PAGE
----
Bricks are a tradition in Athens. They are a curse in basketball.
A brick is a sign of failure. It stands for poor form and the resulting badly missed shot.
But for coach Semeka Randall, the red rock is a building block.
Randall is in the fourth year of her tenure with the Bobcats. Ohio has posted a losing record in each of her three seasons, making signs of progress hard to find for the casual follower. But Randall, who has now recruited every player on her roster, sees development on her team.
“We’re basically building a foundation,” she said. “We’ve had to lay it, put the bricks on there, and put the roof up top. Now, let’s see if we’re ready to walk in and open the door in terms of our game plan here.”
Randall inherited a program that had brief success under coach Sylvia Crawley, who led the Bobcats to two winning records in as many seasons. She left to take the same job at Boston College.
But Ohio’s women’s basketball program did not settle into its winning ways. The Bobcats had eight-straight losing records before Crawley came to town, and Randall’s first class of seniors had already played for two coaches before she walked through the door.
“I was the third coach for our seniors in four years,” Randall said. “It’s just been a lot of people coming and going in and out of their lives, and you try to build trust.”
Now, Randall is the only coach Ohio recruits have known. Alesia Howard and Tenishia Benson transferred from Massachusetts and •Cincinnati, respectively.
After being named head coach May 9, 2008, Randall had about a month to get to know her team — including a handful of untested freshmen — before hitting the recruiting trail.
Her first additions included Ashley Fowler, Tina Fisher and Symone Lyles, the only players on the current roster who have played more than one season for Randall.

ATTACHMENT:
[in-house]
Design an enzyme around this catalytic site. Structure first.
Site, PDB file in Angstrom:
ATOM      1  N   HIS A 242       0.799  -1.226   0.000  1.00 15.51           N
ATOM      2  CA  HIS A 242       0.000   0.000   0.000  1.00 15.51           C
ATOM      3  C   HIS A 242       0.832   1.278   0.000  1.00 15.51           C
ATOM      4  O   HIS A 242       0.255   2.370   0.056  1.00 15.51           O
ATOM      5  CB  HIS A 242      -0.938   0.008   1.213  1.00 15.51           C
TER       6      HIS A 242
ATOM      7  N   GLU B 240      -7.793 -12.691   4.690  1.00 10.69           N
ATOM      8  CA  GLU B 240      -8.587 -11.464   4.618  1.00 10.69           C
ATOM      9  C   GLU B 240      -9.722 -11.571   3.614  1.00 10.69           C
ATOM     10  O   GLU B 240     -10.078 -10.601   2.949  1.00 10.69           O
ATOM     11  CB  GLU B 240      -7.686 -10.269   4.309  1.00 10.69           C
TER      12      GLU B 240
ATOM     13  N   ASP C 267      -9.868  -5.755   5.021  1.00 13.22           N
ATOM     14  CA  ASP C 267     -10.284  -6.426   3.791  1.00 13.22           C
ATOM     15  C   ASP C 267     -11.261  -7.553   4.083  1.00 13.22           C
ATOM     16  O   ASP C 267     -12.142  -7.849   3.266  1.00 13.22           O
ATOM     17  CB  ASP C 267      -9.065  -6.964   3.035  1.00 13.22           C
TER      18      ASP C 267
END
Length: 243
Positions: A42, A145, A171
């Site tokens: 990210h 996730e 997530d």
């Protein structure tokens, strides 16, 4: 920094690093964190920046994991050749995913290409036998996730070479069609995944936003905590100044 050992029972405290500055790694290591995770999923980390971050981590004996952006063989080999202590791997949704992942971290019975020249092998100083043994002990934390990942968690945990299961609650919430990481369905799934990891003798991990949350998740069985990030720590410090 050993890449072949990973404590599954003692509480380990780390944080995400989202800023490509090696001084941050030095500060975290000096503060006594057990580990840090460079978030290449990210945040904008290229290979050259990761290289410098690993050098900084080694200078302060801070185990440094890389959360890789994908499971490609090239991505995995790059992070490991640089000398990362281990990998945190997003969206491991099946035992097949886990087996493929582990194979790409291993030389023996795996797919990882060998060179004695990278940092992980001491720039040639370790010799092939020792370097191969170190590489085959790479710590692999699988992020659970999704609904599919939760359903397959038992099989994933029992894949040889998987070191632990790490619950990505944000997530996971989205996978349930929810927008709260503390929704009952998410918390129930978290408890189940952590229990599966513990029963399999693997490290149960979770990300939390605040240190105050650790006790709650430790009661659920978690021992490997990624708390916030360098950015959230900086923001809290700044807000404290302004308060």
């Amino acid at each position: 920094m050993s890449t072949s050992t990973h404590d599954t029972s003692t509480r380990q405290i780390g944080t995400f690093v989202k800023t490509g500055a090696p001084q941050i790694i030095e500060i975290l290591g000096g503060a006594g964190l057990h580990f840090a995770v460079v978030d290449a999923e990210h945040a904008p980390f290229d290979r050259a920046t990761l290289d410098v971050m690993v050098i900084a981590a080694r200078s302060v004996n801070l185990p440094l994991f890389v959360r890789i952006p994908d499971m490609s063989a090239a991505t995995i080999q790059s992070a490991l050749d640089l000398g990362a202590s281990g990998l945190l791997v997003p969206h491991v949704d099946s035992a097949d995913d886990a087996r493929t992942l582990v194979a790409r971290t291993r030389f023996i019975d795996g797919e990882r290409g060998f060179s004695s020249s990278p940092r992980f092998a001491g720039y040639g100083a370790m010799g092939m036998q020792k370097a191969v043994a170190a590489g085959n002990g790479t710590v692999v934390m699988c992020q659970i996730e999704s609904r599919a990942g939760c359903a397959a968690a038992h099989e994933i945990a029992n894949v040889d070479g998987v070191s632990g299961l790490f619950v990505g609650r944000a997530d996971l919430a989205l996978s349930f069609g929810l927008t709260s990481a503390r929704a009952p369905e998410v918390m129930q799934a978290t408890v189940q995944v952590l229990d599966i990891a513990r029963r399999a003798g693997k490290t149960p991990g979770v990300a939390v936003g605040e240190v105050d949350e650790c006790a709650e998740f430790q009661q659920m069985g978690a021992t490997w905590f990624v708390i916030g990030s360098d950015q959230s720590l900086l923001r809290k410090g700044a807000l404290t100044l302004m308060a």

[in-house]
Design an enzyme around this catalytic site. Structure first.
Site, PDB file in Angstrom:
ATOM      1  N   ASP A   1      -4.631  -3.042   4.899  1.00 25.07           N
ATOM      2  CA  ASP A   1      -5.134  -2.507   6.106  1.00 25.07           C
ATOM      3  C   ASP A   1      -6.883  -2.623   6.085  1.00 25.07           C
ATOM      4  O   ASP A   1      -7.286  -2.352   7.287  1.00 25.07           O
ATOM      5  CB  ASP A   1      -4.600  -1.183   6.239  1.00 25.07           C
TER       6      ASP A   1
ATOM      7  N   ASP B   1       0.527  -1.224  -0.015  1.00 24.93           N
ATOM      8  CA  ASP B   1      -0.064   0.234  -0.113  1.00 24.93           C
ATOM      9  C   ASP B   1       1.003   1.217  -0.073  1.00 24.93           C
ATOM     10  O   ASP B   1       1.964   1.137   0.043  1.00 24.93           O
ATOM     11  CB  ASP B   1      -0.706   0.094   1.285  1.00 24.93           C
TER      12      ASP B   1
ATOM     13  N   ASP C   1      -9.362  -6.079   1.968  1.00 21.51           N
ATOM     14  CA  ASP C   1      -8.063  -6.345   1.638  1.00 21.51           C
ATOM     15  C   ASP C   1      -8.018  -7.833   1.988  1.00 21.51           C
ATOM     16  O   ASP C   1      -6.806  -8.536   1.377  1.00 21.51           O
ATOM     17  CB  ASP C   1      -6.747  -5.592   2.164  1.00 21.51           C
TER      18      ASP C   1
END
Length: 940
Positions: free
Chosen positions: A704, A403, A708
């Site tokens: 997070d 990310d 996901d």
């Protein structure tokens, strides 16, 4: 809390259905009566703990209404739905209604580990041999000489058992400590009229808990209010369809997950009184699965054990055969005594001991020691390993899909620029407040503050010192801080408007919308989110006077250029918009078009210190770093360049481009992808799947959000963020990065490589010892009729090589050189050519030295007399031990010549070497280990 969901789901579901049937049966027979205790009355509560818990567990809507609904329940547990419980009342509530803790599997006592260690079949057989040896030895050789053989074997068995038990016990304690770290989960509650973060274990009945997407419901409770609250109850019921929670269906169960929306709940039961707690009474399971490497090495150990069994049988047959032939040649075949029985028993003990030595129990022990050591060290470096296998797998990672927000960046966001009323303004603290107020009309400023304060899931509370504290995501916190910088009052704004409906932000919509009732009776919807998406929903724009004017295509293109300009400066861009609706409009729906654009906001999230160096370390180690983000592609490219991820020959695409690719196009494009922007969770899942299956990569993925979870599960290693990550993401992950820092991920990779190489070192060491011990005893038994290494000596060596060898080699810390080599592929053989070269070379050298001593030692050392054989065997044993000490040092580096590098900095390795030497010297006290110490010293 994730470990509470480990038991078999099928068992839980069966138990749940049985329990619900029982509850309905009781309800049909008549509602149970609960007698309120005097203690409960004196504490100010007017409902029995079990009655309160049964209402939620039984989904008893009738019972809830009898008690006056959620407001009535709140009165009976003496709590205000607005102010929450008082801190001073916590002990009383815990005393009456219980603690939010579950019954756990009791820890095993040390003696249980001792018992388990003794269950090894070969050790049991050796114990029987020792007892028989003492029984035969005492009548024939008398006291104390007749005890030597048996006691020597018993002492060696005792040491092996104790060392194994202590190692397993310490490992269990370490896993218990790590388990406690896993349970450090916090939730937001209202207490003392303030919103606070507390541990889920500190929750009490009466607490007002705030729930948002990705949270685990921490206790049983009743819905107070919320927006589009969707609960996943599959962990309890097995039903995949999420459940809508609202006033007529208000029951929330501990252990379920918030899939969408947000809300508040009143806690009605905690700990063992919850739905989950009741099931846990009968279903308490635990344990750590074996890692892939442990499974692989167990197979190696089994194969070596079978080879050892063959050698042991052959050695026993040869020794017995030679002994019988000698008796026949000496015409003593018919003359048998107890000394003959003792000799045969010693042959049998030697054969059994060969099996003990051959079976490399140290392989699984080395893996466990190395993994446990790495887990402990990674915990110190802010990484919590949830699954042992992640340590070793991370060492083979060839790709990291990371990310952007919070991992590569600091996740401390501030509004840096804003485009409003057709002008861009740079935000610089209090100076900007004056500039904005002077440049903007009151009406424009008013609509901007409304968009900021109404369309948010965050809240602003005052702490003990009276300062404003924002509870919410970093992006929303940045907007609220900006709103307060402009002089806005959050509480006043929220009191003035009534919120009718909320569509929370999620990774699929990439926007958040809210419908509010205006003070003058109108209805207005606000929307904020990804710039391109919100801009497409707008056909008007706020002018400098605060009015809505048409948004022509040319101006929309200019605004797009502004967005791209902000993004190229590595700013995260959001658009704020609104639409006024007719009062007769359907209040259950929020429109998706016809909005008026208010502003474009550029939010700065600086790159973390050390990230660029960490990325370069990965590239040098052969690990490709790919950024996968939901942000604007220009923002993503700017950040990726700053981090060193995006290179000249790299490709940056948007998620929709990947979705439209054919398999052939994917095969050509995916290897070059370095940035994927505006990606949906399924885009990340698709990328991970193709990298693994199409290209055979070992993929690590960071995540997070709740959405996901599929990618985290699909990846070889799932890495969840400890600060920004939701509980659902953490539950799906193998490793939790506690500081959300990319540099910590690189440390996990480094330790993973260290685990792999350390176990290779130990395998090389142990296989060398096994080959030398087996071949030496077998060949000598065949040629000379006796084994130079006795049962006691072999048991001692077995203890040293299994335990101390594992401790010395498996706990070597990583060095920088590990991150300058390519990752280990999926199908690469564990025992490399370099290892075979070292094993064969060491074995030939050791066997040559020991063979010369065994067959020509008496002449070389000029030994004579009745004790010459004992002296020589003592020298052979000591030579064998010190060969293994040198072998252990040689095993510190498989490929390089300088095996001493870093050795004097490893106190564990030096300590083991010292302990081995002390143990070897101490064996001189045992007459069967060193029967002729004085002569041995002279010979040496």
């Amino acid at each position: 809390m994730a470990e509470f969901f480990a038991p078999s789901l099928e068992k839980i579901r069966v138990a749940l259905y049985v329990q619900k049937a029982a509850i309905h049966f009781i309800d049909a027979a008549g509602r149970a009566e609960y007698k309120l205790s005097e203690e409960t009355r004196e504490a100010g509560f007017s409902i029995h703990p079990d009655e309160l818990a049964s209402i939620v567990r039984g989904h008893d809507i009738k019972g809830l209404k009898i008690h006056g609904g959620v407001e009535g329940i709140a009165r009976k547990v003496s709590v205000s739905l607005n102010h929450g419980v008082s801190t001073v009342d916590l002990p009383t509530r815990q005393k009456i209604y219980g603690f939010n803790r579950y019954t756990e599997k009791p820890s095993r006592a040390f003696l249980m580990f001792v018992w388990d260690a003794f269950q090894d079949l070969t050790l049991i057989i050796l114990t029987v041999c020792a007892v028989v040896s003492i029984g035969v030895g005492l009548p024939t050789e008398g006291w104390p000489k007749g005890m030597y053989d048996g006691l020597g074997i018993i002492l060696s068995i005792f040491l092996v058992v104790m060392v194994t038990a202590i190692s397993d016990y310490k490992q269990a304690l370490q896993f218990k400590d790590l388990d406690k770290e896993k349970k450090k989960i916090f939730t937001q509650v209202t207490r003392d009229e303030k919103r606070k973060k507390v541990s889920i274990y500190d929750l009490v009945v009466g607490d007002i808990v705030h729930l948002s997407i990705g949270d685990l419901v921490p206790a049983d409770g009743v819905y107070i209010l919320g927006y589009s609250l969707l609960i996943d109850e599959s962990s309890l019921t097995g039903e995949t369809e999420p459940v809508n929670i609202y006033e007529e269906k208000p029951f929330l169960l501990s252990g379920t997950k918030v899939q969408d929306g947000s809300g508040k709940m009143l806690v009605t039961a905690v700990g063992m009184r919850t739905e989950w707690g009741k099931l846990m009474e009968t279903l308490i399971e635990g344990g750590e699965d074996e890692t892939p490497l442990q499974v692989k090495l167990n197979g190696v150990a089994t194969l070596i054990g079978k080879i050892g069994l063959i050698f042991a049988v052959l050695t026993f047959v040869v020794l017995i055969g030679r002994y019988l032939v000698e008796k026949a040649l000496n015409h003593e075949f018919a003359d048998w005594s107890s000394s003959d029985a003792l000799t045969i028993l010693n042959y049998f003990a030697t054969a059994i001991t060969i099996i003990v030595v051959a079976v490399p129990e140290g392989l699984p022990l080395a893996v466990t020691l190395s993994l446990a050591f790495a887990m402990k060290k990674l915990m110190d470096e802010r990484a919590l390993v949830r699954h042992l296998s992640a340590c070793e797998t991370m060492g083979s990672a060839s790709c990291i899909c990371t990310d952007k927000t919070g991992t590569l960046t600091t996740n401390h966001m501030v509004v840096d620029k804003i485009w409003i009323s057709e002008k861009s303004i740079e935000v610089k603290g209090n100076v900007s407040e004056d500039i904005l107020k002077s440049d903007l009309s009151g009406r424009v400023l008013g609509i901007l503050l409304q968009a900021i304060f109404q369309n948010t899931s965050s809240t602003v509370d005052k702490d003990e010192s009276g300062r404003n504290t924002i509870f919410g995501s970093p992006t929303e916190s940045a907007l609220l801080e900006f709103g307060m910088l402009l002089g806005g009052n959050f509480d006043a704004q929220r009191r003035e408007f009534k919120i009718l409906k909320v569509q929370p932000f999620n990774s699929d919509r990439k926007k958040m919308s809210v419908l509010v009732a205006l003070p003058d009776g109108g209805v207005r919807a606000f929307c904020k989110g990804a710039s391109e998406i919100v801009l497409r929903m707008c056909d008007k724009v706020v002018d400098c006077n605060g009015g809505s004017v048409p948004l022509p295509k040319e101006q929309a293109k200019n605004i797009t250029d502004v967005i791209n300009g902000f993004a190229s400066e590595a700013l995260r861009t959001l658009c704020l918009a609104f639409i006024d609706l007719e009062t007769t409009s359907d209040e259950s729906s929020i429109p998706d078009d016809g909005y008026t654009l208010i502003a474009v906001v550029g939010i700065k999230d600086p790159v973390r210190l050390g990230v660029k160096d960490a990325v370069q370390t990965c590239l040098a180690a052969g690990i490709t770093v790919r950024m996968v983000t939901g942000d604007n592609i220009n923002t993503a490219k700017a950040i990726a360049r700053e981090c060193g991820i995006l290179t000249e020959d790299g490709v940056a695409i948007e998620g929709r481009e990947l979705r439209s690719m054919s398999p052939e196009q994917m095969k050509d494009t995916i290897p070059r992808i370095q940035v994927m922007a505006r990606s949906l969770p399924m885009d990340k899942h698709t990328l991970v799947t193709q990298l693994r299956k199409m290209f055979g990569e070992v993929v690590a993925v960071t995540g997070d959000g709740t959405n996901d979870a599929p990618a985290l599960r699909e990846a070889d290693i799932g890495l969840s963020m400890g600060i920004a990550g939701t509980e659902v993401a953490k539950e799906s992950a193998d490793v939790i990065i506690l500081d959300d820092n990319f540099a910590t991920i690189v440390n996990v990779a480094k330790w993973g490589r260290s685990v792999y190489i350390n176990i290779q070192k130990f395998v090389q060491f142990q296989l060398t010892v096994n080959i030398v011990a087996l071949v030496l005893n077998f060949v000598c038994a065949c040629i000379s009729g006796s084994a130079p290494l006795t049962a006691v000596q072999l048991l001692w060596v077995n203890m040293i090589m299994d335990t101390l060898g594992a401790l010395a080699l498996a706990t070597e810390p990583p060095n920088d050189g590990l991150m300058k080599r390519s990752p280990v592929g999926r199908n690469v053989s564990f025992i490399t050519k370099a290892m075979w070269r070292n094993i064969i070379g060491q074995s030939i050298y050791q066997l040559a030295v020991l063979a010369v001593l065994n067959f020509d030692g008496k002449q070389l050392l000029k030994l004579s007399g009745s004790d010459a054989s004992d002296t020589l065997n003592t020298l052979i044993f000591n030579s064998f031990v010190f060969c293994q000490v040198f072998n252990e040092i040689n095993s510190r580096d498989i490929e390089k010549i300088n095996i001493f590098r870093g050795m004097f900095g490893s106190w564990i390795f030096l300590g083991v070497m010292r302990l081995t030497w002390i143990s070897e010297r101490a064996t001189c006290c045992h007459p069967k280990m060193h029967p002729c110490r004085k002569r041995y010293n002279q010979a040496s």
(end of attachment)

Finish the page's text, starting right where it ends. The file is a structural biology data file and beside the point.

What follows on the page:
Benson and Howard also joined the team and sat out the 2009-10 season because of NCAA regulations.
“It was all a guessing game the first year in terms of trying to figure out how we can build this team,” Randall said. “It was just kind of figuring out from watching film and guessing what the freshmen were going to bring in to help.”
Randall guided a team of inherited players to a 13-18 record during her first season. The past two seasons have gone less smoothly from a wins-and-losses standpoint, as the team won fewer than 10 games and posted 22 losses both seasons. The coach’s career record is 30-62.
But Randall said the program is moving forward and in better shape than it was when she arrived. Growth pains lead to growth, and a deeper and taller roster might make the team strong this season.
The six-player recruiting class is the largest since Randall arrived, and the four 6-feet-tall players add height to an otherwise small team.
“We lacked in height, so we went out and addressed those things,” she said, adding that finding another point guard and sharpshooter was a goal.
“We went out and got all those things that we needed, so this is going to be an interesting season as we form and try to build this team together.”
The Bobcats are still a young team. Last year’s squad had two seniors and a handful of inexperienced underclassmen.
“Right now, we’re technically still young,” she said. “The great thing in the position that I am, my young players have played significant minutes.”
Six returning players averaged more than 16 minutes per game last year. The team will lose only 8.7 points and 8.4 rebounds from its graduating seniors.
Ohio’s Academic Progress Rate has increased since Randall took over. The team’s four-year score has climbed 22 points to 966 under her leadership.
Randall said her emphasis on academics comes from her time at Tennessee playing for Pat Summitt.
“I’m a makeup, a clone of Coach,” she said. “I preach that here, that it is important that they take care of business off the court.”
Ohio players keep their team materials in binders with a drawing of the 2012 Mid-American Conference Tournament trophy on the back. On the front is a reminder that Ohio has won the tournament only once in its history.
“Every day we feel like we have to win a championship in practice,” Randall said. “And that’s just committing yourself to compete, however long it takes.”